Preached by Michael Cheuk, November 22, 2015
Taken from Revelation 1:4b-8
We are living in tumultuous and uncertain times. There is drama in our world and in our lives. We see and hear and feel it all around us. Fears about terrorist attacks, bombings, the refugee crisis. Worries about tensions and violence between groups of people in our country. Anxiety about relationships, our classes and grades, our jobs, our health, our future.
In the midst of these times, in the midst of the dramatic events unfolding in our world and in our lives, what are we called to be and to do as the people of God?
This isn’t the only time that God’s people have faced such challenges. The book of Revelation was a letter to seven churches. It was both a word of encouragement in the midst of tumultuous and dramatic times, and a word of challenge to hold fast to the faith. This letter took what was going in the lives of those believers and framed and situated it inside the big picture of the on-going, unfolding divine drama of God. And it gave a glimpse, a vision, a preview if you will, of how it will all end.
Perhaps all of us have experienced times when we were so hemmed in by the challenges and worries of life that we couldn’t see beyond those concerns? When we were so enmeshed in the thicket of the trees that we couldn’t see the forest? During times like these, we need a revelation that gives us a vision of the big picture. During times like these, it is helpful to hear these words: “I am the Alpha and the Omega,” says the Lord God, “who is, and who was, and who is to come, the Almighty.”
As you know, “alpha” is the first letter of the Greek alphabet, and “omega” is the last letter of the Greek alphabet. In other words, we have a vision of God who in Christ is active and at work from the very beginning, and will be at work to the very end. God, who is present with us in the present, is the same God who was always present in the past, and will be present in the future. In fact, God in Christ IS the beginning and the end.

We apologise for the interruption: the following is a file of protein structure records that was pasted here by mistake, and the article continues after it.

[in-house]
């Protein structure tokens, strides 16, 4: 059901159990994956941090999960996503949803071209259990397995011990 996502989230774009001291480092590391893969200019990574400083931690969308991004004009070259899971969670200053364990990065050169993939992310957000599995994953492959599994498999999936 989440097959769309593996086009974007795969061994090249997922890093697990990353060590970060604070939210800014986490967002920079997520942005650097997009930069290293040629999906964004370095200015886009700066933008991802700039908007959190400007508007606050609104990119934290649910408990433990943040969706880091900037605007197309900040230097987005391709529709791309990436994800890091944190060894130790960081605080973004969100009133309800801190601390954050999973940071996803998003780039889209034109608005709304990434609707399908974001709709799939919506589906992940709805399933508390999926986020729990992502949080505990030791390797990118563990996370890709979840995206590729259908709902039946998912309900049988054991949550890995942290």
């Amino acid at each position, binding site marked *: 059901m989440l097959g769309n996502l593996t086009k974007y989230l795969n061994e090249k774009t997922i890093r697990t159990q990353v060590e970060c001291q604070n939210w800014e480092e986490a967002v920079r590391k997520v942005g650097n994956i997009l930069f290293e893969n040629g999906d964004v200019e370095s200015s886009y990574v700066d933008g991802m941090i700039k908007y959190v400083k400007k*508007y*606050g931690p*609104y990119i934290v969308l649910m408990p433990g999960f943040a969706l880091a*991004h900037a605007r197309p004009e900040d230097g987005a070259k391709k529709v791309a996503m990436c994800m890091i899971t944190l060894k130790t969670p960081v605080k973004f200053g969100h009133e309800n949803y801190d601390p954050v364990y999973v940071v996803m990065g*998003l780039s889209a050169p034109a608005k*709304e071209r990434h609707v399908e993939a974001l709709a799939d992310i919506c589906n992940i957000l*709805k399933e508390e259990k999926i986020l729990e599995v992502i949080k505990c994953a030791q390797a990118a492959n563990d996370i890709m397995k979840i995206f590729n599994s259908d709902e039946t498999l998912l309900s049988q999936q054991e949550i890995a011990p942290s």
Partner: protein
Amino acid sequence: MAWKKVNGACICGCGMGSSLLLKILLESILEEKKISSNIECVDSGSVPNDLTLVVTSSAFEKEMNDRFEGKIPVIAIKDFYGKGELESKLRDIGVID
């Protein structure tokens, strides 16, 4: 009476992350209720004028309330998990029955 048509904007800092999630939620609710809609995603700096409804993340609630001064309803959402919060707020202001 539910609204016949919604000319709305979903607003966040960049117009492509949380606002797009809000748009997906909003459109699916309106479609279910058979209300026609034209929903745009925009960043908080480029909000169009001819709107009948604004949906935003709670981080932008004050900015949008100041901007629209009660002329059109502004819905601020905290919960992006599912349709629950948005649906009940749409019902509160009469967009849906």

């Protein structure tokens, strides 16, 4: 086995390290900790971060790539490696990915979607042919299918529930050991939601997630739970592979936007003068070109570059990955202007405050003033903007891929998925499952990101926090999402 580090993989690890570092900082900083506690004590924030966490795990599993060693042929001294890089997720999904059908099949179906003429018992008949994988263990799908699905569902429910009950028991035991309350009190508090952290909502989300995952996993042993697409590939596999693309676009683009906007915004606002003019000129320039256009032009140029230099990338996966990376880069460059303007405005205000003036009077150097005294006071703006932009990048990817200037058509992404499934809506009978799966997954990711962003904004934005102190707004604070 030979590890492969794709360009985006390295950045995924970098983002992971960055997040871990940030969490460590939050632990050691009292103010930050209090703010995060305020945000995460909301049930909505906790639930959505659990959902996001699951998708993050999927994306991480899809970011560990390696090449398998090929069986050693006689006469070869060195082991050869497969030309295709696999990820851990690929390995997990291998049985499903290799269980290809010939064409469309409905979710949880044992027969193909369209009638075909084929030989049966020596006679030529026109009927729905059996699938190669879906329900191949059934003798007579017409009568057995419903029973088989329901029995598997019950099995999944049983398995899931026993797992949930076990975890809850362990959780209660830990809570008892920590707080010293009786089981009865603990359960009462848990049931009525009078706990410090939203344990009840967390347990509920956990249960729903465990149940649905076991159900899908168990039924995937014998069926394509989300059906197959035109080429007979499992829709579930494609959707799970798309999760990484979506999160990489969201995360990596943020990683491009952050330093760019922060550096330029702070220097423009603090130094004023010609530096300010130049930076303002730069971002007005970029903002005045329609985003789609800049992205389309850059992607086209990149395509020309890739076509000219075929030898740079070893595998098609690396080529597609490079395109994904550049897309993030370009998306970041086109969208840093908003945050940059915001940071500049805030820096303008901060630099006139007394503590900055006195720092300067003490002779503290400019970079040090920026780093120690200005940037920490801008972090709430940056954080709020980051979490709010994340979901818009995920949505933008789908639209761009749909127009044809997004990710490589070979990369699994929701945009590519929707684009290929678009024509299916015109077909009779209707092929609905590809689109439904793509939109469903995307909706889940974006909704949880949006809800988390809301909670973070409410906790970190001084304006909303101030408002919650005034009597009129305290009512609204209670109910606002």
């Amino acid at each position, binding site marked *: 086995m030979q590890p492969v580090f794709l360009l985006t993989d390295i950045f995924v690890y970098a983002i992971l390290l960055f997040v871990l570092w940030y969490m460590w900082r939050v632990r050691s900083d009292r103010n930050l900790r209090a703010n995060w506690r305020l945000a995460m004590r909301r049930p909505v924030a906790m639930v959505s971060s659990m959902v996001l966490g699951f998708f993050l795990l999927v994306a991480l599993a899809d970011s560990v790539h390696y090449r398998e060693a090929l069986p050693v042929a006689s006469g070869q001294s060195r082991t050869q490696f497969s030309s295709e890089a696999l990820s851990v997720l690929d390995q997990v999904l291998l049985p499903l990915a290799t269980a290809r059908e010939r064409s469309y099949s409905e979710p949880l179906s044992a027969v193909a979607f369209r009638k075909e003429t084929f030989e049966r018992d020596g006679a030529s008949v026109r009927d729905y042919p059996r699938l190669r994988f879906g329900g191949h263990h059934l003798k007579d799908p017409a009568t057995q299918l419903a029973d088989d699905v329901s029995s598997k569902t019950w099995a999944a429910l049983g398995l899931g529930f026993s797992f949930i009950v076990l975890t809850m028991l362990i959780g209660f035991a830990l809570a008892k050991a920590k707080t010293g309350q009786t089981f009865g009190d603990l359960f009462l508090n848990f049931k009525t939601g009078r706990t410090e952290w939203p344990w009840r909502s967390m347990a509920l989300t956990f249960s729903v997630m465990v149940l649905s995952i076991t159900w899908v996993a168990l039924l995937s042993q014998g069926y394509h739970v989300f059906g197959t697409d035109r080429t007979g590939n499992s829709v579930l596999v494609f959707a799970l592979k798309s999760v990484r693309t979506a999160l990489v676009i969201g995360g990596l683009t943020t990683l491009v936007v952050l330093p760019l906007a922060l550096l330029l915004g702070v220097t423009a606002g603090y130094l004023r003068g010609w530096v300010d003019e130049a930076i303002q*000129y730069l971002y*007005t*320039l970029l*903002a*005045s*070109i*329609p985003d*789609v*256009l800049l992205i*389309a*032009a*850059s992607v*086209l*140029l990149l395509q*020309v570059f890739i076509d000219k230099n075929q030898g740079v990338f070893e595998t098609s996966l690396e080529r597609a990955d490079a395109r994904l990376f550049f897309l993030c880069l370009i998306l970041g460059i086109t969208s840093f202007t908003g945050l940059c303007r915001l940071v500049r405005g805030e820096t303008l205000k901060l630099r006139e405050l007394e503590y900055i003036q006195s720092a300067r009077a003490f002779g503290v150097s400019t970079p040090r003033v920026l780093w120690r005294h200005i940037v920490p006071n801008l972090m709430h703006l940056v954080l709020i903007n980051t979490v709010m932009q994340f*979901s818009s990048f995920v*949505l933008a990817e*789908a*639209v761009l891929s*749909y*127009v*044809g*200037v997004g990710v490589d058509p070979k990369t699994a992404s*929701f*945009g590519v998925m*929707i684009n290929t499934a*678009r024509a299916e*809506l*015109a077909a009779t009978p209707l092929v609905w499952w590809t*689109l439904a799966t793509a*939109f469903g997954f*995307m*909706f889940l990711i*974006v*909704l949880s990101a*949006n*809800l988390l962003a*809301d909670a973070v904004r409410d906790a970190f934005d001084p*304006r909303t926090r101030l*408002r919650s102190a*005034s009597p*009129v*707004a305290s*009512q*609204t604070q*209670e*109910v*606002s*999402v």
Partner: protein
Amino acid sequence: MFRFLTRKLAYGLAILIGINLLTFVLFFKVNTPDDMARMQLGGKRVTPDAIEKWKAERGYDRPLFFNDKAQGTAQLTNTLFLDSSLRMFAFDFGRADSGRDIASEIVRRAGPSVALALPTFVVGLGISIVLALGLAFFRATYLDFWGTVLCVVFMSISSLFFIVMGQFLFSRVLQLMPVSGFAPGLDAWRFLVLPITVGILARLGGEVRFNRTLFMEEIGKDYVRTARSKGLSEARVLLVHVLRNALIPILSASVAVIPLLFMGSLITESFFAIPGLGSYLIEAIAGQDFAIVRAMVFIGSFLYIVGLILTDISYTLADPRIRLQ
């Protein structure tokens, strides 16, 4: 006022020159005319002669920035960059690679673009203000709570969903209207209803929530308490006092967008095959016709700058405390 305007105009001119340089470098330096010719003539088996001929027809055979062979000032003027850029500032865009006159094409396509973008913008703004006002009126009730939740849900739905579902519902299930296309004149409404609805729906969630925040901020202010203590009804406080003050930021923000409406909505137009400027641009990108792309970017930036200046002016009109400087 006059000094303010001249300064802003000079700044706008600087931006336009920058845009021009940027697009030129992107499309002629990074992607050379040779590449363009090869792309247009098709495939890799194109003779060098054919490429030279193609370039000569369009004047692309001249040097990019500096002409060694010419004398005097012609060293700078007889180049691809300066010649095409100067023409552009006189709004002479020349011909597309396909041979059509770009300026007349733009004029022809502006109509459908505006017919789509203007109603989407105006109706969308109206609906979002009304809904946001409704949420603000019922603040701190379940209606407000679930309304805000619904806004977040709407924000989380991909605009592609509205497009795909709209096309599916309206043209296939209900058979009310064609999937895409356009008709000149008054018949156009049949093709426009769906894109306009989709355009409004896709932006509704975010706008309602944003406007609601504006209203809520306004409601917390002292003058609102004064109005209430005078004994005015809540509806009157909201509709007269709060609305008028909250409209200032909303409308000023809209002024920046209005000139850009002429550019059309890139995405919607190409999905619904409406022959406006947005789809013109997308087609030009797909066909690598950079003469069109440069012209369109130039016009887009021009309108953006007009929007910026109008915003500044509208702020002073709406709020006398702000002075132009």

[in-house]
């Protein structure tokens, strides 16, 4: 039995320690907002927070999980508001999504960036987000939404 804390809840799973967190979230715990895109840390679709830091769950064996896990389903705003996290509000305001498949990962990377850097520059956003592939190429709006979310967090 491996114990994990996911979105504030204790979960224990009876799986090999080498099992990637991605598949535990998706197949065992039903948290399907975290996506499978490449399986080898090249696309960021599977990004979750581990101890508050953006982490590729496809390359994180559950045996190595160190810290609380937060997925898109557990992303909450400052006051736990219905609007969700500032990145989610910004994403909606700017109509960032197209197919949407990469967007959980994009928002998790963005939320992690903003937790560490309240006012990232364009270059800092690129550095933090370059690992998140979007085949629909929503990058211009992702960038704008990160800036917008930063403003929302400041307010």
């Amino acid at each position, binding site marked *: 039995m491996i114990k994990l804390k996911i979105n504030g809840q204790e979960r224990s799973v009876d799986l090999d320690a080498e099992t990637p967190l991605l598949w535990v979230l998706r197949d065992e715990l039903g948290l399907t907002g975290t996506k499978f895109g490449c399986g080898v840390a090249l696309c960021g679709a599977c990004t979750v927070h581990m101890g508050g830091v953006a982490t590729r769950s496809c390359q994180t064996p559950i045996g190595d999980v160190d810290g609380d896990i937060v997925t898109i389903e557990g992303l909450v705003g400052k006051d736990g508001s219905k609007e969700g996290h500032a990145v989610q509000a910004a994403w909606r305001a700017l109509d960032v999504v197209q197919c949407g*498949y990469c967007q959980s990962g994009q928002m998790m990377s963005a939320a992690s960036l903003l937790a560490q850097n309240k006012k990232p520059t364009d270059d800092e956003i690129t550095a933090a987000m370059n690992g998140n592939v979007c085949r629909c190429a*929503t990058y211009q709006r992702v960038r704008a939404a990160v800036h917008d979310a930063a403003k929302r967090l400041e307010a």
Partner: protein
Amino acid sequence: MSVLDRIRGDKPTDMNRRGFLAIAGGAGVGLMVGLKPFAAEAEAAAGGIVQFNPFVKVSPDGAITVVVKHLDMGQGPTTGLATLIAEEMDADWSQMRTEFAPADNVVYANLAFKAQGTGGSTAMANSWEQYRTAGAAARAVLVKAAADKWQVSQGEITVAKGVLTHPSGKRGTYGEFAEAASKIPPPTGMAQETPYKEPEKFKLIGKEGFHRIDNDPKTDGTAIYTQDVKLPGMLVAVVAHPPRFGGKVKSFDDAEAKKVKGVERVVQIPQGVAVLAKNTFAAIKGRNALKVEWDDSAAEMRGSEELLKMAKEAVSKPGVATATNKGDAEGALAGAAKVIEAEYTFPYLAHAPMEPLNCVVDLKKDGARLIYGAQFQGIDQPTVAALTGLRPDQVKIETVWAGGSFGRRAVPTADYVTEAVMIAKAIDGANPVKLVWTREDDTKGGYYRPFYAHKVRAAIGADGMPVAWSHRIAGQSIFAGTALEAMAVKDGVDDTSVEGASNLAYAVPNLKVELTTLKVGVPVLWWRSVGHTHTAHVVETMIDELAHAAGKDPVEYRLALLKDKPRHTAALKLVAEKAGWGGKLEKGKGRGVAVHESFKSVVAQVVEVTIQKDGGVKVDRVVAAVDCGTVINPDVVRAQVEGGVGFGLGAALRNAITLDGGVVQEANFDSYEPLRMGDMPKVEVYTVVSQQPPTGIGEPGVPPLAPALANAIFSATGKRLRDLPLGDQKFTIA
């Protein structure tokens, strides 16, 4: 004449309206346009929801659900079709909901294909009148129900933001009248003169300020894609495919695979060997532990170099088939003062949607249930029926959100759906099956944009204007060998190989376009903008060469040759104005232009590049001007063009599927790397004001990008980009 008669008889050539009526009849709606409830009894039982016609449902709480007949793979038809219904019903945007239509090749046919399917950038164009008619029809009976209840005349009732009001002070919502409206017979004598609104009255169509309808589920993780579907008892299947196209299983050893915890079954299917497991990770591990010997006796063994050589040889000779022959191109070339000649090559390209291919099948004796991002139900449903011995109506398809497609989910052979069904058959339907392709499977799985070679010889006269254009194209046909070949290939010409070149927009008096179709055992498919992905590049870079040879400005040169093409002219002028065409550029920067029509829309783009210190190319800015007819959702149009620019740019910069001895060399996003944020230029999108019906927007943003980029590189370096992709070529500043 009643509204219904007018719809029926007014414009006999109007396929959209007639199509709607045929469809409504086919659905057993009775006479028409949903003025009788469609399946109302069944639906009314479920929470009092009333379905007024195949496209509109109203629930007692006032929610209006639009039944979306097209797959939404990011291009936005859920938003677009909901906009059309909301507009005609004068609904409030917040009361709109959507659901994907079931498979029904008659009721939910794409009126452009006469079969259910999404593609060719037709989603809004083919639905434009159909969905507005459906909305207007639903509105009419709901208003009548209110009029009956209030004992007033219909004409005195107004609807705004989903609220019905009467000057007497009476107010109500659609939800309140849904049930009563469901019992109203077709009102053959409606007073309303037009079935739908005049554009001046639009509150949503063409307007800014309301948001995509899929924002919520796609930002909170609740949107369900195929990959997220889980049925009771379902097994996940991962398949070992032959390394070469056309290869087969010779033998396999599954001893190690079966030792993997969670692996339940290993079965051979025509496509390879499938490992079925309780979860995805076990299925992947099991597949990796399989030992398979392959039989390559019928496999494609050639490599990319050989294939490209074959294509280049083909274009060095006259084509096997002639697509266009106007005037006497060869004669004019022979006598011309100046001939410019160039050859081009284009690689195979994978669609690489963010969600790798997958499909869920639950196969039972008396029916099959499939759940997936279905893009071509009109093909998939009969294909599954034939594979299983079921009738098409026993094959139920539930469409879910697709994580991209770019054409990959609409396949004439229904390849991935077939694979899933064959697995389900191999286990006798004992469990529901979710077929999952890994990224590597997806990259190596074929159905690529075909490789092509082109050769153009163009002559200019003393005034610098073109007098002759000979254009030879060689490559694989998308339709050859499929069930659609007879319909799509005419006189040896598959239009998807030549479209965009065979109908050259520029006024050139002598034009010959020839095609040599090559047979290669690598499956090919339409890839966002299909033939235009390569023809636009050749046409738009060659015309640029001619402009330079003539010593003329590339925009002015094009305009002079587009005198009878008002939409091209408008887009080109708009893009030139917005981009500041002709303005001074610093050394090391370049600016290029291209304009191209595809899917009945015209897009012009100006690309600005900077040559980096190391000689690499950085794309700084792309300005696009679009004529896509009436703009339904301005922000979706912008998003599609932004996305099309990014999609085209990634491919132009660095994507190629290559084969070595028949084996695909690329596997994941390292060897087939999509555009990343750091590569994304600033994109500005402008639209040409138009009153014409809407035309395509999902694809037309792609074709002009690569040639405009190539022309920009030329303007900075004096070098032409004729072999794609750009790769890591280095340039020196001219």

“I hope you recognize what this means,” writes theologian Richard Rohr. “It means that you are inside something very sacred, very beautiful, and inherently holy. We ourselves don’t make it holy because it already is. You are the in-between of the Alpha and the Omega, you are the becoming-in-time of the eternal Christ. In other words, Christ is indeed the pattern of the universe. Life has meaning and direction and purpose!”
Isn’t that amazing? We are a part of the on-going divine story of how God in Christ is at work in our lives and in the world, from beginning to the end, between the alpha and omega. Every moment in time is saturated with Jesus Christ, who loves us and desires to free us from our sins. Every moment in time, the offer of grace, God’s unmerited favor and loving-kindness, and the offer of peace, God’s tranquility and wholeness, is available to us. Every moment in time, we as God’s people, a royal priesthood, are called to immerse ourselves in this sacred, beautiful, and inherently holy story so that others may experience God’s love, grace and peace. I now call on Jocelyn, our newly baptized, to share her story.
Two and a half years ago, I was lost. The summer after my fourth year at UVA, I didn’t know where to turn next. I wasn’t speaking with my family. I didn’t have a job. I hadn’t graduated with my class, and I didn’t feel like I could or even wanted to continue with my studies. I didn’t know who I was anymore because my whole life I had been a star student, an outspoken leader, a hard worker, and I felt like I had lost all of that. And then, one Sunday morning I wandered to the Corner – early, because I wasn’t sleeping much. I’d been to the Corner countless times during my UVA career, and I joylessly checked in to my regular haunts, but they were largely deserted on a summer morning. Finally, I reached the end of the familiar storefronts. And there I found a church.